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Freshman golfer hopes high school season ends with top finish at states

By Nolan Weidner |

Johnny Gruninger is about 5-foot-6 and weighs less than 125 pounds.

But the Manlius Pebble Hill freshman can smack a golf ball about 275 yards off the tee on a good day. And he often turns in rounds under par.

Though he’s only 15, Gruninger is one of the area’s top high school golfers in this abbreviated spring season.

Gruninger has helped his MPH golf team to a perfect record (9-0) so far, and with league, sectional and state qualifying tournaments coming up, Gruninger is practicing hard in hopes of bettering his 25th-place finish at last year’s state tournament in Ithaca.

In fact, Gruninger says his goal is to win the upcoming tournament June 2-3 at Cornell’s Robert Trent Jones Course.

Winning has come often for Gruninger this year.

On May 5 in Corning, he shot 1-under-par 69 to win the Heib Memorial Tournament by three strokes and besting 95 of the state’s top golfers.

Four months ago, he played in three tournaments in Florida and won twice. In MPH’s nine matches so far, his 9-hole average is 34.

“You could call him one of the best junior golfers in the state,” said MPH golf coach Will O’Malley.

Gruninger, who started playing at Westvale Golf Club at 4 or 5 years old when his grandfather stuck a club in his hands, already won top honors last summer in the Syracuse District Golf Association’s Junior Classic, a tournament in which he breezed to a 14-stroke victory. He was named the SDGA’s Junior Player of the Year (ages 18 and under) last fall.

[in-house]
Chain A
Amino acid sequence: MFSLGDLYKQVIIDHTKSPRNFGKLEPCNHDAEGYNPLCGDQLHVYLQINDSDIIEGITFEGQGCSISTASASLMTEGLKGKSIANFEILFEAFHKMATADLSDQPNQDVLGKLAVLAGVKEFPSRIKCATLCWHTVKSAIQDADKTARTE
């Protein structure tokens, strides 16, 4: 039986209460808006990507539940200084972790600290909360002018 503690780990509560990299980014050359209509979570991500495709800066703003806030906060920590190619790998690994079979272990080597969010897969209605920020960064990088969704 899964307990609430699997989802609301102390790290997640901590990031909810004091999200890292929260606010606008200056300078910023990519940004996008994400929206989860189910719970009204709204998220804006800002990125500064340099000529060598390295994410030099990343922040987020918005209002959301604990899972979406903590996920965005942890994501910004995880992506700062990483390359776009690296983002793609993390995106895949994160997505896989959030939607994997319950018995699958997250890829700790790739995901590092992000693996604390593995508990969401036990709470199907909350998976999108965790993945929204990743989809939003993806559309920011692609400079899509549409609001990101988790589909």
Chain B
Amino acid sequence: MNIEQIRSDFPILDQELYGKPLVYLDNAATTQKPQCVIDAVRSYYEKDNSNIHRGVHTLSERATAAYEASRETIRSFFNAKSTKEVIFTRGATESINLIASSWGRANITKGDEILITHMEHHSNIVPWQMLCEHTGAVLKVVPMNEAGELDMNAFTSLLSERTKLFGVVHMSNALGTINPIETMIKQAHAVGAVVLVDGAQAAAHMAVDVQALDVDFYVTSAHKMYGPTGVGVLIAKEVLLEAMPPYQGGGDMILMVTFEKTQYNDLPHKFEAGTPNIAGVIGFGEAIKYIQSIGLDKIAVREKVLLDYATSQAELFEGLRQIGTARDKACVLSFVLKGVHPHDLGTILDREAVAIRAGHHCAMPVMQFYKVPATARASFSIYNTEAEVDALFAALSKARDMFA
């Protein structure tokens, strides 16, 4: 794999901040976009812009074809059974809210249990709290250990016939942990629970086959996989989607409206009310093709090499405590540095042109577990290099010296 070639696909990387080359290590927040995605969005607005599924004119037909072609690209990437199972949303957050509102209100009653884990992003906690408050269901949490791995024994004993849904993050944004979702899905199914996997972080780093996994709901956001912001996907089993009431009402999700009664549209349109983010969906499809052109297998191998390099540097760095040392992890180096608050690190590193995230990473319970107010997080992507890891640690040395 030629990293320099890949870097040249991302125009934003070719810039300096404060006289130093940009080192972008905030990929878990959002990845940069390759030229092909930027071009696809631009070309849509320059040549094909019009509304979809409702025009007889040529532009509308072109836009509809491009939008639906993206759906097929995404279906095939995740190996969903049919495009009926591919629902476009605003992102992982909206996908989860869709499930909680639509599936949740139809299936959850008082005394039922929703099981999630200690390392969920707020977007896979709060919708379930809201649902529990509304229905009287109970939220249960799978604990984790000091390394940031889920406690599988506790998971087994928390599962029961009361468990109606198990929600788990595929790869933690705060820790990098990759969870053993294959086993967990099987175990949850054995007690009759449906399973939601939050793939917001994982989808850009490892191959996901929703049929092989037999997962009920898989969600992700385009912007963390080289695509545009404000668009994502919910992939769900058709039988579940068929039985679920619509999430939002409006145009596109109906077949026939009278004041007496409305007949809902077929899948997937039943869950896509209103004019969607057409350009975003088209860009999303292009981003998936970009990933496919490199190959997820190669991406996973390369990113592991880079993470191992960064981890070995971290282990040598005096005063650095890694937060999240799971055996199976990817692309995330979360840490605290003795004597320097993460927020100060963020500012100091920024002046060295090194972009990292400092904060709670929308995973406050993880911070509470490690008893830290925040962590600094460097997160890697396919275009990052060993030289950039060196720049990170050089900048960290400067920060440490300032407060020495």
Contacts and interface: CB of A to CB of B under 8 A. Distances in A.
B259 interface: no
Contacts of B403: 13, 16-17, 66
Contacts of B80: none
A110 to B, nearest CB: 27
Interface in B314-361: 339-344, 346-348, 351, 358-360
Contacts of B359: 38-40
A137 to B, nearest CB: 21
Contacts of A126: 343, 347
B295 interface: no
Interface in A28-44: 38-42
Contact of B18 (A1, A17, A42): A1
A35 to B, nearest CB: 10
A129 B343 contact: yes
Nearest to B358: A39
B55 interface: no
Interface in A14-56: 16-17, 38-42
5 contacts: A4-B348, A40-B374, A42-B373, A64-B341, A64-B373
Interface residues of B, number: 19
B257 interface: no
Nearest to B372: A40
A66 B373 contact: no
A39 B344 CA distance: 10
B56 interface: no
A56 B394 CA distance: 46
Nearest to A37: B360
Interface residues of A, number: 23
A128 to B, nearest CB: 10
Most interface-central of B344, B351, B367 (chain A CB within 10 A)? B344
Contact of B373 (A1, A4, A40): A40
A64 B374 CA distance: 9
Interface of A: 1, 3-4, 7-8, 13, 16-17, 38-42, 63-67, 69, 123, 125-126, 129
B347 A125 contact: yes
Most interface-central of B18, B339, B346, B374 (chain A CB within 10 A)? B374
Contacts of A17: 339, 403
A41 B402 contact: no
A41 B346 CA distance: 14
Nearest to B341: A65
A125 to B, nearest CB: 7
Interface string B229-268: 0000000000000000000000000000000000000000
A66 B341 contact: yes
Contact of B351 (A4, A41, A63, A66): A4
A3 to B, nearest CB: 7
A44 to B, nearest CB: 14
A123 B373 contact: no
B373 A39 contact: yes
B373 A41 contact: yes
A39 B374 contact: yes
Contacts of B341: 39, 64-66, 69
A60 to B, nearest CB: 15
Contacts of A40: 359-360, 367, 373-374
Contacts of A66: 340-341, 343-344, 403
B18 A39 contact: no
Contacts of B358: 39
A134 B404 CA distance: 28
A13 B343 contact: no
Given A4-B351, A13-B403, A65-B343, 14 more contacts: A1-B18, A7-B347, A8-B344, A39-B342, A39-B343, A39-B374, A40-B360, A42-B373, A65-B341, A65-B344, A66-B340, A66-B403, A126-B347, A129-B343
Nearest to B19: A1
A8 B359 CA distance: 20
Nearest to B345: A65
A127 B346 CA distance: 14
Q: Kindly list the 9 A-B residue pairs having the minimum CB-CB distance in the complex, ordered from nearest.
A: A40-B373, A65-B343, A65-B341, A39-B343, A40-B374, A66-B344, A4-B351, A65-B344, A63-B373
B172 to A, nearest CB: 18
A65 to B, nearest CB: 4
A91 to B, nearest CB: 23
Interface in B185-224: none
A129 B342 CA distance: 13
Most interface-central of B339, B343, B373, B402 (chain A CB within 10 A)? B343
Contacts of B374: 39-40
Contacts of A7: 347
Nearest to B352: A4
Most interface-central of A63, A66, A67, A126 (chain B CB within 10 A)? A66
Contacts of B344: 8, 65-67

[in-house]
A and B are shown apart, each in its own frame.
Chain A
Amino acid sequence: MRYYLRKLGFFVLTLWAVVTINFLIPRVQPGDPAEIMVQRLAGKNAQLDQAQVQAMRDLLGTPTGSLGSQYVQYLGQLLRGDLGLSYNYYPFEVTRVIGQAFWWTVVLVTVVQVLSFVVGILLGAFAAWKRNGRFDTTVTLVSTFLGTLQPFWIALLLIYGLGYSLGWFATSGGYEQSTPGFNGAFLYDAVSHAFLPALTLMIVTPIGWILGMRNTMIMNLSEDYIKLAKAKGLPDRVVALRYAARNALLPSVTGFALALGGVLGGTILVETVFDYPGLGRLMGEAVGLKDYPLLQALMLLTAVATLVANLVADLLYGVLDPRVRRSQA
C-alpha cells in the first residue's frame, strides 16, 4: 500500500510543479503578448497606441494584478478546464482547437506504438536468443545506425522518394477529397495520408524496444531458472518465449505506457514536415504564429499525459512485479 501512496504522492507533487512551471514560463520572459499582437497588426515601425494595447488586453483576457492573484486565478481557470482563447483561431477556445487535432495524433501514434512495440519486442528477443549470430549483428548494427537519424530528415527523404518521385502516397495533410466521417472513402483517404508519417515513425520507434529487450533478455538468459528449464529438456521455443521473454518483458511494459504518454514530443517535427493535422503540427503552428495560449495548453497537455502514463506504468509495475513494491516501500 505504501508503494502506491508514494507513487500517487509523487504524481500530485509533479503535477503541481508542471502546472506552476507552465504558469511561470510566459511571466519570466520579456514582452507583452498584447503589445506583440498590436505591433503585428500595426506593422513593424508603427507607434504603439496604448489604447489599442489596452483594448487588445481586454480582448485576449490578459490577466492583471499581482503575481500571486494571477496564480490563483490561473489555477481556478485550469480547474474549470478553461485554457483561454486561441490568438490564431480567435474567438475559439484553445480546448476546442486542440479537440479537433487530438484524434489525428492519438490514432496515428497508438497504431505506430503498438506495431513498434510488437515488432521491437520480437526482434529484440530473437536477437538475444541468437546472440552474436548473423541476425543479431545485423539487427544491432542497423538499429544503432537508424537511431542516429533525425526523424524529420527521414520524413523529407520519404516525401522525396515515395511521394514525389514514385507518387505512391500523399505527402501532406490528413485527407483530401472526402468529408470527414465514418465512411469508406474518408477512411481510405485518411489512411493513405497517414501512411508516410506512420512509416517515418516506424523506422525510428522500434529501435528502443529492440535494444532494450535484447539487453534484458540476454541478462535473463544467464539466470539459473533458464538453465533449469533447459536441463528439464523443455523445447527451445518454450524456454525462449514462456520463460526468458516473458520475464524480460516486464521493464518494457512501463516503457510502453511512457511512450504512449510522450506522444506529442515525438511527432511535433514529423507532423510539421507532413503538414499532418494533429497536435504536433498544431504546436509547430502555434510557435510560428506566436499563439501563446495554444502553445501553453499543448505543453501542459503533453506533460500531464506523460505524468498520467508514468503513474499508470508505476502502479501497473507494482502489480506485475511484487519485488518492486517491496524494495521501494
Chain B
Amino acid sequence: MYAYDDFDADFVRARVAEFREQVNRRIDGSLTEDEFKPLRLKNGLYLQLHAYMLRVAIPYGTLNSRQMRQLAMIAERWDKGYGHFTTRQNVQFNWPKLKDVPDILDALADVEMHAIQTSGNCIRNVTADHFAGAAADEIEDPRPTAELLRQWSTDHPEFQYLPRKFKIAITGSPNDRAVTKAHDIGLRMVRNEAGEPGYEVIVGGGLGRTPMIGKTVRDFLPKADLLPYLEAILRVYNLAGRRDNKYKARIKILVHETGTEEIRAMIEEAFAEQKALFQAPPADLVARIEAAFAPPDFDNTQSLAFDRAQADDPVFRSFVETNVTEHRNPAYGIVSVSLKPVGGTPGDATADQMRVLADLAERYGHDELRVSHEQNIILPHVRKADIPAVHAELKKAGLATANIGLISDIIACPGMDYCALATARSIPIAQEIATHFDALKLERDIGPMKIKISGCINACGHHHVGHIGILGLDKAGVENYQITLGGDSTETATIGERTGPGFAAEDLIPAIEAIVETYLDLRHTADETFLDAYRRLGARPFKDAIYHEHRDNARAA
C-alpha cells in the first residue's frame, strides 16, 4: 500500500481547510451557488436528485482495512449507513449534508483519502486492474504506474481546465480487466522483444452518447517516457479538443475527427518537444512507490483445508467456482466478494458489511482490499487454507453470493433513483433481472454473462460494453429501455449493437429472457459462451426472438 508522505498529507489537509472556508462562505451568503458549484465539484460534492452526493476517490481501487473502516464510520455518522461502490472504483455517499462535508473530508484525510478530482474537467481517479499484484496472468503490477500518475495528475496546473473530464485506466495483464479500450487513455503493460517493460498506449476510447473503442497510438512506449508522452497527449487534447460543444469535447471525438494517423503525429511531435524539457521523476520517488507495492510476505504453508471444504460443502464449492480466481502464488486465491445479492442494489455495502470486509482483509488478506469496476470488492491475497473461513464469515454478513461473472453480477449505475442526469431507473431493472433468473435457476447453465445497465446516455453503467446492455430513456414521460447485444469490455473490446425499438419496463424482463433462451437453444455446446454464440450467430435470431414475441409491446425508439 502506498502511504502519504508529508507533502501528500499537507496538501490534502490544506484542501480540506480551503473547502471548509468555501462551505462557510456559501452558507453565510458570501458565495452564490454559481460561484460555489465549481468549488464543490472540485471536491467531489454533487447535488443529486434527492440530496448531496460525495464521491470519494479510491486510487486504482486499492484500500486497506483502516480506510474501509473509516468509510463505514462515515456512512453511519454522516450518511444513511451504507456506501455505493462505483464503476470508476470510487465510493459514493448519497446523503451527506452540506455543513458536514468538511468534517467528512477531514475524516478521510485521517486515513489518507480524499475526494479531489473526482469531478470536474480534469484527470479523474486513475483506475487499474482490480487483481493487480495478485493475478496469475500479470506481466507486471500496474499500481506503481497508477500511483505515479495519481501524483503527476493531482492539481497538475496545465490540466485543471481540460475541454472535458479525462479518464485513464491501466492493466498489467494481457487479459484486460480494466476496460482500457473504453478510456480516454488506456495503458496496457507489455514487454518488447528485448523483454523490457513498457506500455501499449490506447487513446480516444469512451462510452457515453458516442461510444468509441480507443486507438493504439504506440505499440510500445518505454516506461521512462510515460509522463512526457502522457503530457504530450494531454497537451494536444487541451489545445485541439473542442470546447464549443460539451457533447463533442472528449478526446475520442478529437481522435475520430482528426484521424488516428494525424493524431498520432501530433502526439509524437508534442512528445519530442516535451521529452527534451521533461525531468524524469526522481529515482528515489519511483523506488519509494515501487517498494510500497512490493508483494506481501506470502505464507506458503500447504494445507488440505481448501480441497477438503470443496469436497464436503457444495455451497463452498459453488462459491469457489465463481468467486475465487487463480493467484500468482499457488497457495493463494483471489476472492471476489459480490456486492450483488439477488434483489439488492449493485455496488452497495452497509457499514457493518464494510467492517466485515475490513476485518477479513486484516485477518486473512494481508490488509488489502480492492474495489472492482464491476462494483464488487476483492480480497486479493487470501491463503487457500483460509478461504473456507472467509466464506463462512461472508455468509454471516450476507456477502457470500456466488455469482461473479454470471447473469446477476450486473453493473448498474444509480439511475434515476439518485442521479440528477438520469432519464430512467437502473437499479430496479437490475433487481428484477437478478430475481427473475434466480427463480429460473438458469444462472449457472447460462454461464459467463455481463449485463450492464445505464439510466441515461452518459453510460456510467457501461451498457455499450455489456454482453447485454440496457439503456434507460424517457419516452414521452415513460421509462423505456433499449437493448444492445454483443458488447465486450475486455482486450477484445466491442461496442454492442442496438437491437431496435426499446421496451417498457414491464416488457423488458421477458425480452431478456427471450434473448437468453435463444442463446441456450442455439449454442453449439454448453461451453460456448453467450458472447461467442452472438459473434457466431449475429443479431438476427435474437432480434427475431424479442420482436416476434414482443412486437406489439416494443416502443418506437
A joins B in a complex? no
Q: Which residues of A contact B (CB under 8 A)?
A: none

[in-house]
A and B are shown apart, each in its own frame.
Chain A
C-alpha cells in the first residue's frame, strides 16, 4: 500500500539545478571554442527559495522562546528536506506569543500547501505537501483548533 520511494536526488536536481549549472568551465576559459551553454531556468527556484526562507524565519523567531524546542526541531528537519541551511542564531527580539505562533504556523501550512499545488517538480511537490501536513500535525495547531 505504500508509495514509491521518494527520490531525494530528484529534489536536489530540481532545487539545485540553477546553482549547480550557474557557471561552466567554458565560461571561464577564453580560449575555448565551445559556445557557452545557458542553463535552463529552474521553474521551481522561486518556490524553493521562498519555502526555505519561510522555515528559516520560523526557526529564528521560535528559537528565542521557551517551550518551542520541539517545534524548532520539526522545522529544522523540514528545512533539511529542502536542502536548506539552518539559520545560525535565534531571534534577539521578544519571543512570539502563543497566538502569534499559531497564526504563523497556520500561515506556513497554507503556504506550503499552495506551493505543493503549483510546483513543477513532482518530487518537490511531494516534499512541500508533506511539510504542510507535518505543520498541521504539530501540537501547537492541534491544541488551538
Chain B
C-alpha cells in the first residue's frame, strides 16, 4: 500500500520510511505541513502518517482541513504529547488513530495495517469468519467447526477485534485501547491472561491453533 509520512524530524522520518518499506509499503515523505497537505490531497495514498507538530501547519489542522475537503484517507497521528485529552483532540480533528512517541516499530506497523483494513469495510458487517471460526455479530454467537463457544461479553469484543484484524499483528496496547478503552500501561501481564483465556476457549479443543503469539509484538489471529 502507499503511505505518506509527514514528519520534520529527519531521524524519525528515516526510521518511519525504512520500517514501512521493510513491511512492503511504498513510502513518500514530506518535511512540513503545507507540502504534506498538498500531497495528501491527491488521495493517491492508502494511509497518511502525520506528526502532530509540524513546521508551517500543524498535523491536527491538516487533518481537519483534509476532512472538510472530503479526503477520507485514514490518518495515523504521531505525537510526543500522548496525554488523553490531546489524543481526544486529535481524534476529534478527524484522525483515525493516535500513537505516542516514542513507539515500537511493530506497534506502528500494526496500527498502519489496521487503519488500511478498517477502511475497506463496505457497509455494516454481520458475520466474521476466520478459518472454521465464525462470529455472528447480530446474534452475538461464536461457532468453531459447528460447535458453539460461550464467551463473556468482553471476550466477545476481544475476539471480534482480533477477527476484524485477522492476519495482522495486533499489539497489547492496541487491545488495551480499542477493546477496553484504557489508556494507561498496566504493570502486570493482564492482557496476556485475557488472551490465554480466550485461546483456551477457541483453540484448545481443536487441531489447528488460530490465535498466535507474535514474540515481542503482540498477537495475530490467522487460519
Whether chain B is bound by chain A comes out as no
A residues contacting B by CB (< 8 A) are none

Other team sports just didn’t hold up for Gruninger, who said he likes golf because “you don’t have to rely on other people. It’s all you.”

Gruninger still plays soccer at MPH, but he’s given up other former favorites such as hockey and baseball.

Right now, he’s trying to play as much as possible before the big, season-ending tournaments. Gruninger lives on Syracuse’s southwest side, within walking distance of Bellevue Country Club. He works with longtime golf professional Linda Mulherin at Drumlins and also with Bellevue’s Jim Roy.

Gruninger said he loved playing at states last year, except for the wintry conditions (35 degrees) on the first day.

“I played pretty well there. Hopefully I’ll get back there this year,” he said. “I’m trying to peak in the next two weeks because states is a really big deal.”

Like most young golfers, Gruninger hopes to become good enough to earn a scholarship to play in college. He said perennial Division I power Virginia is his dream school.

Though his slight frame could use some muscle, Gruninger said he is working out and watching his diet – just like athletes in any sport. He’s well aware of the distances the sport’s young pro stars are hitting the ball.

Gruninger said his strengths include his ability to hit a lot of greens with iron shots, and he’s good with a putter.

O’Malley said Gruninger could have excelled at any sport. He just happens to love golf.

“If he continues to improve at his current trajectory, who knows,” he said.